17 Oct 2011

Selena Gomez owns the night at Rexall

As Gomez showed Sunday night, it wasn’t the bubbly brunette’s celebrity status as a tween television siren or Justin Bieber’s main squeeze that put fans under the petite pop star’s spell.

Not even the Disney actress’s live show, which was a fine mixture of classic big-production elements such as shimmering lights and impressive backup dancers, was the reason a sold-out Rexall crowd of glow stick-wielding fans soaked up every lyric the 19-year-old singer belted.

Rather, it was Gomez’s positive words and illustrious sincerity that made fans feel as beautiful as the perfectly polished singer.

During her first stop on the Canadian leg of her We Own the Night tour, Gomez dished out Halloween cupcakes to fans in Victoria. Before her Edmonton show Sunday night, Gomez went out of her way to greet fans at West Edmonton Mall.

Gomez, who appears incredibly grown-up for her age, is also a tender-hearted creature with intense regard for the living, squealing things that plaster their bedroom walls with her face. To boot, she provides just enough confidence-boosting wisdom in her music to make you feel good about yourself (perhaps a hearkening back to her Barney & Friends days) without making you want to hurl.

Like her contemporary Taylor Swift, Gomez makes music that has become the soundtrack for the modern angst-filled teenager. She speaks to an audience that finds itself at various emotional and physical crossroads, giving them a fluffy pink pillow to lean on during the most tumultuous times of their lives.

But even though her target market is of the young female variety, adults seem to have embraced her mettle as well. Considering how many parents knew the words to her songs, it seems a much larger demographic has taken to Gomez’s altruism.

Starting her 90-minute set 10 minutes early — probably a friendly gesture to all of the preteen curfews being broken — Gomez emerged in a sparkling tan dress singing Year Without Rain, off her 2010 album of the same name. Little girls decked in Gomez memorabilia shoved their glow sticks in the air and shrieked as they hopped about. Chaperoning moms clapped along and smiled.

“Tonight we can dance and do whatever we want,” Gomez told the audience. Fans obliged, with many choosing to wave their little glow-sticked arms in the air the entire evening.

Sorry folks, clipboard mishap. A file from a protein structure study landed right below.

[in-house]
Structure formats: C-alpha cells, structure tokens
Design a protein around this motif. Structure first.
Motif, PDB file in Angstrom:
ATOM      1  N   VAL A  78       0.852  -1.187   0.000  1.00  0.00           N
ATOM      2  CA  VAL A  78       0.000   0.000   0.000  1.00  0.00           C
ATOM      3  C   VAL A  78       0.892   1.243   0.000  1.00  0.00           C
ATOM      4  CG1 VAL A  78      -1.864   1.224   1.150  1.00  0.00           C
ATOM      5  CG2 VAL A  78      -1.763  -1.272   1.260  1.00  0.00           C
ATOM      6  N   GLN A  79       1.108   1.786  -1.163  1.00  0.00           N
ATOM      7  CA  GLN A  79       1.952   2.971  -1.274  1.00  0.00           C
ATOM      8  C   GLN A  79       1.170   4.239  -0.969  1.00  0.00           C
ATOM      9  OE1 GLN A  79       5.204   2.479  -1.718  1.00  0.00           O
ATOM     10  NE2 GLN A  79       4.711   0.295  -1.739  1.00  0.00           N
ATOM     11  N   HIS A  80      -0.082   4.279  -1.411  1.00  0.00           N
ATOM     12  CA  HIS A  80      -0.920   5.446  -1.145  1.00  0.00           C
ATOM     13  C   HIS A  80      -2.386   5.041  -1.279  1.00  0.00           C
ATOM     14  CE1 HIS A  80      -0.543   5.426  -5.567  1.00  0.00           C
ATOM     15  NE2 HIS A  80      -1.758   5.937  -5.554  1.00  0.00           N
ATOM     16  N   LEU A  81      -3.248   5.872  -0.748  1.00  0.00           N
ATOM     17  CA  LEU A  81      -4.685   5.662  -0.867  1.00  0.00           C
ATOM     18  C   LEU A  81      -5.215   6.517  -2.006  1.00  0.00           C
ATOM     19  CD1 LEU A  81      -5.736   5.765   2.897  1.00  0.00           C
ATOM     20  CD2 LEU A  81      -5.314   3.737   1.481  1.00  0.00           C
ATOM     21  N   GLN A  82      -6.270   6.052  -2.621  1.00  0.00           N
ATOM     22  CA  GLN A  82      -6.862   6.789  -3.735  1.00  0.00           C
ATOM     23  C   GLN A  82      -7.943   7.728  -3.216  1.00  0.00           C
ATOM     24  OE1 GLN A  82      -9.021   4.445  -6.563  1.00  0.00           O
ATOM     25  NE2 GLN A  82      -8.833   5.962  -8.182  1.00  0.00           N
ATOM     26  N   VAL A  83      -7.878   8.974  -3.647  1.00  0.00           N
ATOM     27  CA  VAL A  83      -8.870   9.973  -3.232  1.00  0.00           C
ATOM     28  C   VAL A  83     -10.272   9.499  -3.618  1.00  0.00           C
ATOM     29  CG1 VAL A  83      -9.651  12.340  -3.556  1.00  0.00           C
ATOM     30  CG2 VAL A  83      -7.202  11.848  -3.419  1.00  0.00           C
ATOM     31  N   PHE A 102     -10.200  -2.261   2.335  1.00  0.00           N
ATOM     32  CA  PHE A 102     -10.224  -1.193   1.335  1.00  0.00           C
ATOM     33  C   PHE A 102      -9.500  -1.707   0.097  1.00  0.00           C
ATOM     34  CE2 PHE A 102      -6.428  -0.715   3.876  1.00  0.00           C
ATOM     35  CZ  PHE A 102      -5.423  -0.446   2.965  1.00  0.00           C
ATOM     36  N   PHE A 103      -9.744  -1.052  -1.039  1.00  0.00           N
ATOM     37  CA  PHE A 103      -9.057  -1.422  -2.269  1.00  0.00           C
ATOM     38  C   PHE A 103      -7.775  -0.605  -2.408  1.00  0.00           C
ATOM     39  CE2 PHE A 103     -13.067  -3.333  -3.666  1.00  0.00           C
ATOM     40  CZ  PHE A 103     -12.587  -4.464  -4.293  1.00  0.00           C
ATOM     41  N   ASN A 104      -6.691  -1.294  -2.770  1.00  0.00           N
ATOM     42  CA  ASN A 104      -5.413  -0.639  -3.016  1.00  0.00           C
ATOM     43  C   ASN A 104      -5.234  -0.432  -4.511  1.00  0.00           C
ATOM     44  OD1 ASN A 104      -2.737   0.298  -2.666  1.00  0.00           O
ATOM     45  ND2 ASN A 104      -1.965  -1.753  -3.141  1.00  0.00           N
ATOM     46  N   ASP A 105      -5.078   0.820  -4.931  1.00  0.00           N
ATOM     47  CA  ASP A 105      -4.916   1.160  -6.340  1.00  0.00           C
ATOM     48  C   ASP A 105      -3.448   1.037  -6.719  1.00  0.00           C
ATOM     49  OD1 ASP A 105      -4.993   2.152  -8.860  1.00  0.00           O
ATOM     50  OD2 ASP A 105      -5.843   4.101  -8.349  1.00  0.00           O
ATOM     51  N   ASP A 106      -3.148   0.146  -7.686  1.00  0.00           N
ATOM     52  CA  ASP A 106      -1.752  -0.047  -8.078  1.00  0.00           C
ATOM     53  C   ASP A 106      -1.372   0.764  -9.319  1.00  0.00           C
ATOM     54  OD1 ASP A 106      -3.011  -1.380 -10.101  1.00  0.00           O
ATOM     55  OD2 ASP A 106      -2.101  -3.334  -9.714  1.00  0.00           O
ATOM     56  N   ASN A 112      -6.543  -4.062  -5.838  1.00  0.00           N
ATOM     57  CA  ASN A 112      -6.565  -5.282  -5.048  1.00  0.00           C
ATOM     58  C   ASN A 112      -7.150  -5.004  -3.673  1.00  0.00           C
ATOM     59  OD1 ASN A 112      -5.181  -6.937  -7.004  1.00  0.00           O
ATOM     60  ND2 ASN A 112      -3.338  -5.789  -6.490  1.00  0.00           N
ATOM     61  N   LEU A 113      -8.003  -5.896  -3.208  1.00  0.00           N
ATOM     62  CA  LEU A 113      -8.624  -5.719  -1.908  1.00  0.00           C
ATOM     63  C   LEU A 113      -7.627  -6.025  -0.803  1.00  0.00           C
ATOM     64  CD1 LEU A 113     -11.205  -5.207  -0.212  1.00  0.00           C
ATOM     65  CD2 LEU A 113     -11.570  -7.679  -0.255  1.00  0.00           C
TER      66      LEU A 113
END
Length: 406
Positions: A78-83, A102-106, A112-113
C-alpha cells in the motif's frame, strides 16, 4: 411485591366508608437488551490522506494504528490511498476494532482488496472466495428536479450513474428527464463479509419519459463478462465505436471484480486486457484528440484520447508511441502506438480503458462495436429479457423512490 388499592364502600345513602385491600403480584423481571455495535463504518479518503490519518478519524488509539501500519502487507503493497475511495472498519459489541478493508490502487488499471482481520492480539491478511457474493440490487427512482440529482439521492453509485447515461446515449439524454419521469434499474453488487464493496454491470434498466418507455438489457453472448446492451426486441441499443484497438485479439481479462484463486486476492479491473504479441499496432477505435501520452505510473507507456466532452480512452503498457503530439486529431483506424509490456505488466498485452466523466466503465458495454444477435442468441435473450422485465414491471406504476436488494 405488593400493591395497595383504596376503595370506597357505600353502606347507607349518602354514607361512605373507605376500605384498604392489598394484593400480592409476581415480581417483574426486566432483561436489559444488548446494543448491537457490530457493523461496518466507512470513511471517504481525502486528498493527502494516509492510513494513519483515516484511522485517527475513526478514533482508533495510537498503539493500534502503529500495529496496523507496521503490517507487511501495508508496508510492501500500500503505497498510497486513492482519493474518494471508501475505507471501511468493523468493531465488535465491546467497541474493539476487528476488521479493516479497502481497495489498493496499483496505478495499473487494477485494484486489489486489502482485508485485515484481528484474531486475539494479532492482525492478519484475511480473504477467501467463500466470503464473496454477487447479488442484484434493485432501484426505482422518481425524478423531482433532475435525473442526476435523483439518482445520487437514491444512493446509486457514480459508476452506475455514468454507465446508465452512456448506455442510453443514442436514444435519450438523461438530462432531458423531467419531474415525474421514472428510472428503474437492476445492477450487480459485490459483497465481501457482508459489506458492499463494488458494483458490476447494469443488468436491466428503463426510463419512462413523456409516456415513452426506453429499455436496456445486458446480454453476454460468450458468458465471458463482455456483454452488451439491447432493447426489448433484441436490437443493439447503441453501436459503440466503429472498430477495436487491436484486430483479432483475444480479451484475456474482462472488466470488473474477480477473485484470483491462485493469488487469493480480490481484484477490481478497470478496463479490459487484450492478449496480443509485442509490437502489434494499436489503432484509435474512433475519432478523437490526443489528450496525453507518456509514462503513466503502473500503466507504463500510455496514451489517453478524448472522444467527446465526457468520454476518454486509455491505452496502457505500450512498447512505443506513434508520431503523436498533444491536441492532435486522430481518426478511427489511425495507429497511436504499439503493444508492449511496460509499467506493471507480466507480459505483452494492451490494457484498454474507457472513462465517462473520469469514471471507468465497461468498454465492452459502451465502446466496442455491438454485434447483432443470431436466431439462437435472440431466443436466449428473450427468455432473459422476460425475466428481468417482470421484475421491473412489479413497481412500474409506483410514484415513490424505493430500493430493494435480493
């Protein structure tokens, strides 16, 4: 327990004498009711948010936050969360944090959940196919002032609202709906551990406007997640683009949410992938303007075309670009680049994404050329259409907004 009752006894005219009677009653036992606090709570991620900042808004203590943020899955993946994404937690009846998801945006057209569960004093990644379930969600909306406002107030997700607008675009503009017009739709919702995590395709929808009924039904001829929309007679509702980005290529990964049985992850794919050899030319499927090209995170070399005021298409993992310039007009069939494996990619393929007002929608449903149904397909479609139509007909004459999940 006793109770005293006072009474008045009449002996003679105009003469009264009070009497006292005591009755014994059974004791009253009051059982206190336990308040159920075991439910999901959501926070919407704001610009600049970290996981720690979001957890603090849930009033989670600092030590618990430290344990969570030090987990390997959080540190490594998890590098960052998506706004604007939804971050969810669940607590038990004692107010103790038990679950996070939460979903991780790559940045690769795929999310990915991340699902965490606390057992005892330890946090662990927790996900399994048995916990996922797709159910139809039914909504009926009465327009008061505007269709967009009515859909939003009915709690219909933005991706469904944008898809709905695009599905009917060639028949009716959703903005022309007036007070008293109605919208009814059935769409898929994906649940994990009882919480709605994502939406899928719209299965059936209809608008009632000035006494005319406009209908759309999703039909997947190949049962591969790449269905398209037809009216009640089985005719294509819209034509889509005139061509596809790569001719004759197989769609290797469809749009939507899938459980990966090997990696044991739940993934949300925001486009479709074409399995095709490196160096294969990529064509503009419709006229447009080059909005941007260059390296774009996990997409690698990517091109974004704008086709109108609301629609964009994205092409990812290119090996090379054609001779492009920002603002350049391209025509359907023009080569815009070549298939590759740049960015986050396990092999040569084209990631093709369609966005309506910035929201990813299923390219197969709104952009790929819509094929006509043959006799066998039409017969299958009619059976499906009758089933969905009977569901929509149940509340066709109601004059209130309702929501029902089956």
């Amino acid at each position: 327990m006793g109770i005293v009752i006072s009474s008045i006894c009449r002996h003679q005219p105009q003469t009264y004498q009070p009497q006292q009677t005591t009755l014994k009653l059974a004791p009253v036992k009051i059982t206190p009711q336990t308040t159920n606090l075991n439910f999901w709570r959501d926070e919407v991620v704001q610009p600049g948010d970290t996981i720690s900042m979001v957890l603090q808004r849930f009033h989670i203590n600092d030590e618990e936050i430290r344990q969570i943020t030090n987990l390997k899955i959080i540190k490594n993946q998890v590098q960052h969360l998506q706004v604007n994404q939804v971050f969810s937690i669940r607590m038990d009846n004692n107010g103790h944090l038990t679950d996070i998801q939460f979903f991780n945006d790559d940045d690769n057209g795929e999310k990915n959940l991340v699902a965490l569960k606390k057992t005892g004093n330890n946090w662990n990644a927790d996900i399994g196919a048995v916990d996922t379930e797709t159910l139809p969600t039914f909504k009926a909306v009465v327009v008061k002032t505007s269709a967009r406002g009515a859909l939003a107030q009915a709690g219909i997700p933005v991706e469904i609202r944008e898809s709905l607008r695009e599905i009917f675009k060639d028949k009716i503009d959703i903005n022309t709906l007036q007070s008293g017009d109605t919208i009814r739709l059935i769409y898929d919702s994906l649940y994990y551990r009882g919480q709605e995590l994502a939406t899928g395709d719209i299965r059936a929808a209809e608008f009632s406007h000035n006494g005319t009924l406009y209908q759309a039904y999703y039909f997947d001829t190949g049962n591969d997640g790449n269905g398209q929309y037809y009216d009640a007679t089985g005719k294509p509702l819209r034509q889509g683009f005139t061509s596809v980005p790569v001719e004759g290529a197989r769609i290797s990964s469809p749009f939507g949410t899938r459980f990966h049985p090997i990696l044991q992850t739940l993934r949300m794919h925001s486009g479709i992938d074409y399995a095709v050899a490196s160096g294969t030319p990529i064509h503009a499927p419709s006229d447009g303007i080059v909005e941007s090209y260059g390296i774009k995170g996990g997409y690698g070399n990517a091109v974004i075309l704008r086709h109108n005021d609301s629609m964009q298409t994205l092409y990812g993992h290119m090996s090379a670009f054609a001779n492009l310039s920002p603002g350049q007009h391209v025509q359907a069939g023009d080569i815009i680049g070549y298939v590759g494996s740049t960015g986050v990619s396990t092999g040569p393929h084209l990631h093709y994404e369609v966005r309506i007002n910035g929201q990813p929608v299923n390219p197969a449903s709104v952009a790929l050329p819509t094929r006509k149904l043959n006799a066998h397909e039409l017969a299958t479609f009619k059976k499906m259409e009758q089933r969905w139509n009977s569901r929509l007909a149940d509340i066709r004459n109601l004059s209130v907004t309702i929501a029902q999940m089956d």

Gomez’s tiny frame was a speck on the enormous stage, which was relatively bare save for a surrounding staircase and a few big screens. She shone during a number of her songs, such as Hit the Lights and We Own the Night, but other times she was but a dim flicker that got lost in the sea of spotlights, such as on Round & Round.

During Bang Bang Bang, Gomez danced around in a glittering midriff-baring top and matching burka. Neon confetti sprung from the rafters mid-song and elicited more squeals from the crowd.

As When the Sun Goes Down and Intuition rolled around, the sharp show began to sag. Too many songs had been strung together at that point without pause, a costume change or anything remotely exciting happening. The big screens also seemed to fall asleep, flickering and blacking out for a few minutes.

Some kids took the opportunity to slouch back into their seats and tinker with their glow sticks (seriously, they were fascinated by those multicoloured wands). Others continued to fist pump like tiny Guidos.

“I’m going to take you all the way back to my first single, so if you know it please sing along!” Gomez said before launching into another sub-par song, Falling Down.

For Rock God, Gomez (thankfully) made a wardrobe switch, opting for a flowing cyan blue dress. You have to give her credit: Gomez’s outfits bestowed an air of sophistication and class onto the young star.

Perhaps Avril Lavigne, who drew maybe one-third of the crowd a week earlier at Rexall, should take a few cues from Gomez on maturity.

After a brief video message, in which Gomez described herself as “Britney’s No. 1 fan,” she proceeded to pay tribute to Spears with a six-song medley of hits. Cute.

Of course, Who Says was saved for the encore. It was a scene straight out of a Dove commercial. Thousands of girls sang along, embracing every word.

Gomez told every impressionable girl that they were perfect, a message that will surely impact them a few years from now.

“All of you are so beautiful and so amazing. Don’t let anyone tell you you’re not,” Gomez implored.

Compared with Gomez, openers Christina Grimmie and Shawn Desman were entirely forgettable. In addition to coming off slightly creepy (Desman is nearly 30), the Canadian R&B singer didn’t seem to match the demographic in attendance. Few kids even knew who he was.

Oh well. At least the adults got to sing along to some of those old club-thumping nuggets like Shook.

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